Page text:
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Definition: NVMe


(Non-Volatile Memory Express) A standard hardware interface for solid state drives (SSDs) that uses the PCI Express (PCIe) bus. Introduced in 2011 by the NVM Express group (www.nvmexpress.org), NVMe takes advantage of the parallel I/O of the PCIe bus and the low latency of SSDs. It supports speeds up to six times faster than SATA-based SSDs and 10 times faster than hard drives and is especially noticeable when reading and writing large files. See NVMe over Fabrics.

Via PCIe, M.2 and U.2
Connecting to the computer over PCIe, NVMe SSDs are available in three form factors: a PCI Express card, the small M.2 card and U.2, the latter supporting the traditional 2.5" and 3.5" drive sizes (see U.2). See PCI Express, M.2, SATA and SSD.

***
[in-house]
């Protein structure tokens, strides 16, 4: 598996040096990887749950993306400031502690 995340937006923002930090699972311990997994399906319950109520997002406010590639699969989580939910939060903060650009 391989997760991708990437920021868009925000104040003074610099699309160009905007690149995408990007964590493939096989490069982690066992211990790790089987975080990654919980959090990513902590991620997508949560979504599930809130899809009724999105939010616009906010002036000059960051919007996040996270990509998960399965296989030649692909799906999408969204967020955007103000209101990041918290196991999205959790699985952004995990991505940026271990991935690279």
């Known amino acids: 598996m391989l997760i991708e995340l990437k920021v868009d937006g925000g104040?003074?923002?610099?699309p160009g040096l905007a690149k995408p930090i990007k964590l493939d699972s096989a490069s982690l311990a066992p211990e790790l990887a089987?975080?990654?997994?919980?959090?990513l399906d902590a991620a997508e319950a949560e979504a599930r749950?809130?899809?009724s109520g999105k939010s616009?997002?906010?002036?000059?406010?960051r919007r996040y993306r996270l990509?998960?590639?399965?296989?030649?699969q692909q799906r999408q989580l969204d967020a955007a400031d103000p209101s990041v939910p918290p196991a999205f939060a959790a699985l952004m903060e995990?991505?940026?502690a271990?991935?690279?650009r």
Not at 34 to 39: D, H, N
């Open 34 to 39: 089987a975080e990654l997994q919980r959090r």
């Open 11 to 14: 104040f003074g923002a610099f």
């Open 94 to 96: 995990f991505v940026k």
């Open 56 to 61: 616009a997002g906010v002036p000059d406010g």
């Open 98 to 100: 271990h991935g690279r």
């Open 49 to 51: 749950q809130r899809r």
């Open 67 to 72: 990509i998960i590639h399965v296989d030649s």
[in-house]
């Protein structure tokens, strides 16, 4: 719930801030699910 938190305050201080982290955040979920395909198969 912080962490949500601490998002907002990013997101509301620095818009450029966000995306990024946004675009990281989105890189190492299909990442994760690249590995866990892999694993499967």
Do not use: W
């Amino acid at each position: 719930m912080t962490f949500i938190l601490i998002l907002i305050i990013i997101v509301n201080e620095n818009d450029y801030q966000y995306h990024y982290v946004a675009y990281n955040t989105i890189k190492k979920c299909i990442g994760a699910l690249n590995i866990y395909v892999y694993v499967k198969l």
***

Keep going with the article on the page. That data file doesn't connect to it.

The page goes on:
Stack Up More Commands
One of the salient features in NVMe compared to SATA is the dramatic increase in the number of commands that can be queued (see NCQ).




NVMe on an M.2 Card
Nearly a terabyte of SSD storage (960GB) is contained on this 80x20mm M.2 card. The pen is for size comparison. See M.2.






NVMe M.2 on the Motherboard
Modern desktop PC motherboards have dedicated M.2 slots as in this Asus example. This is looking down between the graphics card and heat sink.






SSD Acronyms
NVMe is the controller protocol. PCIe is the pathway, and M.2 is the form factor. See PCI Express and M.2.